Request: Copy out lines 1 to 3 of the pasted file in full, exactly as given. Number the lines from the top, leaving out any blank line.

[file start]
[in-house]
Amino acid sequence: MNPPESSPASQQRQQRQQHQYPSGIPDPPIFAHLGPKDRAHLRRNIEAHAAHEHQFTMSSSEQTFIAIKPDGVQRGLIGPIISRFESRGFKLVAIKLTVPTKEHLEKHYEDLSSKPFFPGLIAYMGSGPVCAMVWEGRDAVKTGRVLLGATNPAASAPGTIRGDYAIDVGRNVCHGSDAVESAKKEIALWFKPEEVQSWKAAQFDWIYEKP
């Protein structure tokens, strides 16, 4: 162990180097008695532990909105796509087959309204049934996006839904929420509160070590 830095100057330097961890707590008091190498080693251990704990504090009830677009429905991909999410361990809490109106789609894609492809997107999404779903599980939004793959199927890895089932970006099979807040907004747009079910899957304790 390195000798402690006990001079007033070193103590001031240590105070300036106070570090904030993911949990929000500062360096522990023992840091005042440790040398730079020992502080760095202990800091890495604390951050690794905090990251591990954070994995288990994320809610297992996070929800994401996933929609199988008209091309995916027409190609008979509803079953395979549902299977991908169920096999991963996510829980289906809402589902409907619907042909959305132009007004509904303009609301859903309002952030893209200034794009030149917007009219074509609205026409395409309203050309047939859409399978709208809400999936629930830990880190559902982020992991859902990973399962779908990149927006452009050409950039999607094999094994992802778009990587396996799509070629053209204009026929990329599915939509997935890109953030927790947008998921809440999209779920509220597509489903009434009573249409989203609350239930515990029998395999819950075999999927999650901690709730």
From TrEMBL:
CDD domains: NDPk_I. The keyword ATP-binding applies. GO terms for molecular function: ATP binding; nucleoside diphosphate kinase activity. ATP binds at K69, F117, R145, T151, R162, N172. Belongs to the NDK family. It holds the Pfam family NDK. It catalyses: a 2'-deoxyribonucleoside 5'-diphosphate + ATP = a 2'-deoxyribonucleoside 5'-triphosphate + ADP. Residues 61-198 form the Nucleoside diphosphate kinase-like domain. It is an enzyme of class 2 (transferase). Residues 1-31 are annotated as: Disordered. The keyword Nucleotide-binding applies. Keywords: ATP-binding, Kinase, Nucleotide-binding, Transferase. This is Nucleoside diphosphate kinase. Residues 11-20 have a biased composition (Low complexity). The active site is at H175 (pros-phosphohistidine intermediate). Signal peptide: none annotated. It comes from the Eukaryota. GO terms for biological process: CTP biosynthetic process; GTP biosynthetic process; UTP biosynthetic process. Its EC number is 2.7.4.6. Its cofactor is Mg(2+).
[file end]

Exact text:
[in-house]
Amino acid sequence: MNPPESSPASQQRQQRQQHQYPSGIPDPPIFAHLGPKDRAHLRRNIEAHAAHEHQFTMSSSEQTFIAIKPDGVQRGLIGPIISRFESRGFKLVAIKLTVPTKEHLEKHYEDLSSKPFFPGLIAYMGSGPVCAMVWEGRDAVKTGRVLLGATNPAASAPGTIRGDYAIDVGRNVCHGSDAVESAKKEIALWFKPEEVQSWKAAQFDWIYEKP
């Protein structure tokens, strides 16, 4: 162990180097008695532990909105796509087959309204049934996006839904929420509160070590 830095100057330097961890707590008091190498080693251990704990504090009830677009429905991909999410361990809490109106789609894609492809997107999404779903599980939004793959199927890895089932970006099979807040907004747009079910899957304790 390195000798402690006990001079007033070193103590001031240590105070300036106070570090904030993911949990929000500062360096522990023992840091005042440790040398730079020992502080760095202990800091890495604390951050690794905090990251591990954070994995288990994320809610297992996070929800994401996933929609199988008209091309995916027409190609008979509803079953395979549902299977991908169920096999991963996510829980289906809402589902409907619907042909959305132009007004509904303009609301859903309002952030893209200034794009030149917007009219074509609205026409395409309203050309047939859409399978709208809400999936629930830990880190559902982020992991859902990973399962779908990149927006452009050409950039999607094999094994992802778009990587396996799509070629053209204009026929990329599915939509997935890109953030927790947008998921809440999209779920509220597509489903009434009573249409989203609350239930515990029998395999819950075999999927999650901690709730």